Beyond public schools, where time and resources place limits upon what material can reasonably be covered, I can choose what book to read in the library, what television program to watch, what website to visit, and what lecture to attend. In a free society I am and ought to be able to use my own time and energy to inform myself about whatever theory I wish, no matter how unlikely it may be.
The line ought to be drawn, however, at the point where my actions prevent others from voluntarily pursuing ideas which are not being imposed upon me.
No Muslim is forced to watch Fitna, nor should they be entitled to prevent others from watching. No homosexual is forced to read literature from Westboro Baptist Church or attend a protest, nor should they be entitled to prevent others from doing so (nor indeed, should government officials acting on their behalf). No student of history is forced to attend a lecture from David Irving, nor should they be prevented from hearing him speak and perhaps having the opportunity to prove him wrong in public. No student of NUIG is forced to listen to Bertie Ahern, nor should they be prevented from doing so by fellow students who think that because they have already made up their minds on an issue, no further debate can occur.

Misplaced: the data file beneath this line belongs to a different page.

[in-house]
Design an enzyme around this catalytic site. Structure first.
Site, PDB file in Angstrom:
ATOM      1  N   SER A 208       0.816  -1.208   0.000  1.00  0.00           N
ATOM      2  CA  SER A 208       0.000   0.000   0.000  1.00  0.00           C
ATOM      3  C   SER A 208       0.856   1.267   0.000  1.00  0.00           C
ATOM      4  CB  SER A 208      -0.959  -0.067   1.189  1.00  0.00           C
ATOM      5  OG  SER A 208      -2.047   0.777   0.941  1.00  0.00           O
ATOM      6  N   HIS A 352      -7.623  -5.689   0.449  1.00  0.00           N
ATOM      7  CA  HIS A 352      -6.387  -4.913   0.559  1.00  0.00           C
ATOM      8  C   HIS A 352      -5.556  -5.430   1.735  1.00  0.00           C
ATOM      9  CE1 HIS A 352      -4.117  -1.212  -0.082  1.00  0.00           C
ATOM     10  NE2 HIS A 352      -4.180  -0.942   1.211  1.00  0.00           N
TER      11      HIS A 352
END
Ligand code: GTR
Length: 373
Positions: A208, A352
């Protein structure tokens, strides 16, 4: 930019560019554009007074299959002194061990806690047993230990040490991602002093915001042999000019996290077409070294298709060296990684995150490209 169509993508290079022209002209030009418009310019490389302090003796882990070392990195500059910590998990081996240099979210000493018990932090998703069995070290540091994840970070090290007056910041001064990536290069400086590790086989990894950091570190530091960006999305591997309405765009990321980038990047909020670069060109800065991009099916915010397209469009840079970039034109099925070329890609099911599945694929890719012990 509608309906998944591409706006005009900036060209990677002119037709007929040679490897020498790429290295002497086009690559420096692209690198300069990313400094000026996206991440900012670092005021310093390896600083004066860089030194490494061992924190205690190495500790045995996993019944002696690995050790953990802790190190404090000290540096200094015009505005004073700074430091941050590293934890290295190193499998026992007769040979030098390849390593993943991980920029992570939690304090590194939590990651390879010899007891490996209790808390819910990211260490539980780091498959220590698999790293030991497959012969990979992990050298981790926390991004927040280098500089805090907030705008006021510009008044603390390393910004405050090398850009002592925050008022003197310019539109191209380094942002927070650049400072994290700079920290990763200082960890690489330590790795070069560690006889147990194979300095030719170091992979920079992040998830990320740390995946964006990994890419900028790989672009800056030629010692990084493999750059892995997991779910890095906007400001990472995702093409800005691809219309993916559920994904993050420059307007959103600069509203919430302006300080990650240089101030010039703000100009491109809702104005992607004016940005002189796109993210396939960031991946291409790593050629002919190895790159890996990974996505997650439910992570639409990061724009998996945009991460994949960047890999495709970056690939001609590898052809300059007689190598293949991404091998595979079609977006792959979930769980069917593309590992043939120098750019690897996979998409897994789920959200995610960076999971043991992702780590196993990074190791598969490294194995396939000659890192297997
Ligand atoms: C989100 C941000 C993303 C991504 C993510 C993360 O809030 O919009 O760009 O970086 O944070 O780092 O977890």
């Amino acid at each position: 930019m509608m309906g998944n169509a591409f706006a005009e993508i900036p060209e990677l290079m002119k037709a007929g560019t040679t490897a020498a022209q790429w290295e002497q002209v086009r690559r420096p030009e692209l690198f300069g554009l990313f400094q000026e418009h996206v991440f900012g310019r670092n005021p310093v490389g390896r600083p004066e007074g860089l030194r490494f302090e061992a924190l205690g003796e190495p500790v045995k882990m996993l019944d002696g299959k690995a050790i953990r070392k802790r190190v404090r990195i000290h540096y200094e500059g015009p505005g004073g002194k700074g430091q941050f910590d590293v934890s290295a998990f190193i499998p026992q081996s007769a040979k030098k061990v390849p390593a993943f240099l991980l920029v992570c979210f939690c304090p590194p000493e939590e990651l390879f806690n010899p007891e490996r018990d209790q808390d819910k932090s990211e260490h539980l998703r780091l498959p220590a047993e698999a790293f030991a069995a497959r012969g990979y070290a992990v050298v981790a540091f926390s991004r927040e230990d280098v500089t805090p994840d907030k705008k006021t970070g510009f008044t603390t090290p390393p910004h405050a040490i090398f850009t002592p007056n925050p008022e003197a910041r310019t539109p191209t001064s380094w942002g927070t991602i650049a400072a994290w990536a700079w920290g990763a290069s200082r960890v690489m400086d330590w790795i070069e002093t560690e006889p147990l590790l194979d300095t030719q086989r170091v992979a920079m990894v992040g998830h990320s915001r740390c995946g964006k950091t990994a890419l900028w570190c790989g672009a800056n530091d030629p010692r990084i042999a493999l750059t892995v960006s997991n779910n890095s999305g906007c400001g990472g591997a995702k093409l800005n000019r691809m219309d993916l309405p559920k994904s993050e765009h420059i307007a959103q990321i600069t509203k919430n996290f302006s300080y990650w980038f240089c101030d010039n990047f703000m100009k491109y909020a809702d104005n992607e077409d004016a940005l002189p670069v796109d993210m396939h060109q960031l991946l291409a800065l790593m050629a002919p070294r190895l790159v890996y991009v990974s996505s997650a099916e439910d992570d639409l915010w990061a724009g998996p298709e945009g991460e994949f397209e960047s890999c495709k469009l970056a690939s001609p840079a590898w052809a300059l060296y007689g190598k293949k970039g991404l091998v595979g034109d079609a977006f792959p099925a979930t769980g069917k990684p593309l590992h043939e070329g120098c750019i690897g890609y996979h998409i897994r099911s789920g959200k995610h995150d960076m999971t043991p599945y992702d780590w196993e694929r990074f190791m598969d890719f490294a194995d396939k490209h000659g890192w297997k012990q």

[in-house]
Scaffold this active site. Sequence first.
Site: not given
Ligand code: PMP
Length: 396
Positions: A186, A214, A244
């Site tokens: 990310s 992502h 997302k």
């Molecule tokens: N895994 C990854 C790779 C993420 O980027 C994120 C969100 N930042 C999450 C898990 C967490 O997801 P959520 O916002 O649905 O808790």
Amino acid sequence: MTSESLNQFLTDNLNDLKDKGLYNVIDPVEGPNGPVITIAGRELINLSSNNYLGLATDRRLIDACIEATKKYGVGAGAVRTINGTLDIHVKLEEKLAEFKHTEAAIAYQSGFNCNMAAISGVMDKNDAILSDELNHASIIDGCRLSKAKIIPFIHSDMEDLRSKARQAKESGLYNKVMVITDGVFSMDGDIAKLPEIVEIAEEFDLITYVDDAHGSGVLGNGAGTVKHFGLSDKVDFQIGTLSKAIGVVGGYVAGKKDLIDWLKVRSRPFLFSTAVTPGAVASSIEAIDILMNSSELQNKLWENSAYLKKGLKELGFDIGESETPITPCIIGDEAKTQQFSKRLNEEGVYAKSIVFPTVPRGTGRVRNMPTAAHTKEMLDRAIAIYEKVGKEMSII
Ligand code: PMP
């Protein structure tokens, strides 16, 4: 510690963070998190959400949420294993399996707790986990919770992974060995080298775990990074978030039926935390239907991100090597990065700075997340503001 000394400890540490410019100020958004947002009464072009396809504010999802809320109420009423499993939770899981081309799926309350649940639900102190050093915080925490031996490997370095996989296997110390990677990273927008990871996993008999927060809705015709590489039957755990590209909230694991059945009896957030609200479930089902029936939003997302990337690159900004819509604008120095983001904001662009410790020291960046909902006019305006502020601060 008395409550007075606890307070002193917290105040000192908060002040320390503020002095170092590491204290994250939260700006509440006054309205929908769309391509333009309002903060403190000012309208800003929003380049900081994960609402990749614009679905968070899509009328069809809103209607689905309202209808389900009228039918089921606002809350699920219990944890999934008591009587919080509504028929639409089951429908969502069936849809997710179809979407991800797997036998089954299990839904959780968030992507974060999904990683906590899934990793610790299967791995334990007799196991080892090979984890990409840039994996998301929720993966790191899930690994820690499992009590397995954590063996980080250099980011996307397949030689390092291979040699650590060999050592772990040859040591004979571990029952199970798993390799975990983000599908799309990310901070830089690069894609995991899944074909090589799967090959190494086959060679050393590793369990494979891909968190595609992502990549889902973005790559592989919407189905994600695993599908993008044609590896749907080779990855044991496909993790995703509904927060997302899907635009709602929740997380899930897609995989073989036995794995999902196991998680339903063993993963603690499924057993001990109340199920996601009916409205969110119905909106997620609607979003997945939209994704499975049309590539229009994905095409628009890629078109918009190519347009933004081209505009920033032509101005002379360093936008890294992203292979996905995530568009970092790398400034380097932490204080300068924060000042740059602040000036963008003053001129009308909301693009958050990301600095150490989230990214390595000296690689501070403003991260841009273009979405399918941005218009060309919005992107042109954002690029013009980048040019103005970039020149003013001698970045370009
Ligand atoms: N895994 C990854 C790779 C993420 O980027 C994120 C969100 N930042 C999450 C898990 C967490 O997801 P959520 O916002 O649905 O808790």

There is virtually no point to supporting the notion of a right to Free Speech, if we are willing to extend this right only in cases where we agree with the ideas being expressed. To suggest that some opinions are both so blatantly false that they can be conclusively refuted, which holding that these beliefs are too dangerous to be let lose amongst the general public, is to take the arrogant and elitist position that most people are simply too unintelligent to spot absurdity when they encounter it. The fact that a large portion of the population do indeed believe certain absurd religious propositions can be attributed to the kind of dogmatic thinking (or lack thereof) which Mill is at pains to prevent with his arguments for freedom of thought and expression.
by Brian Carey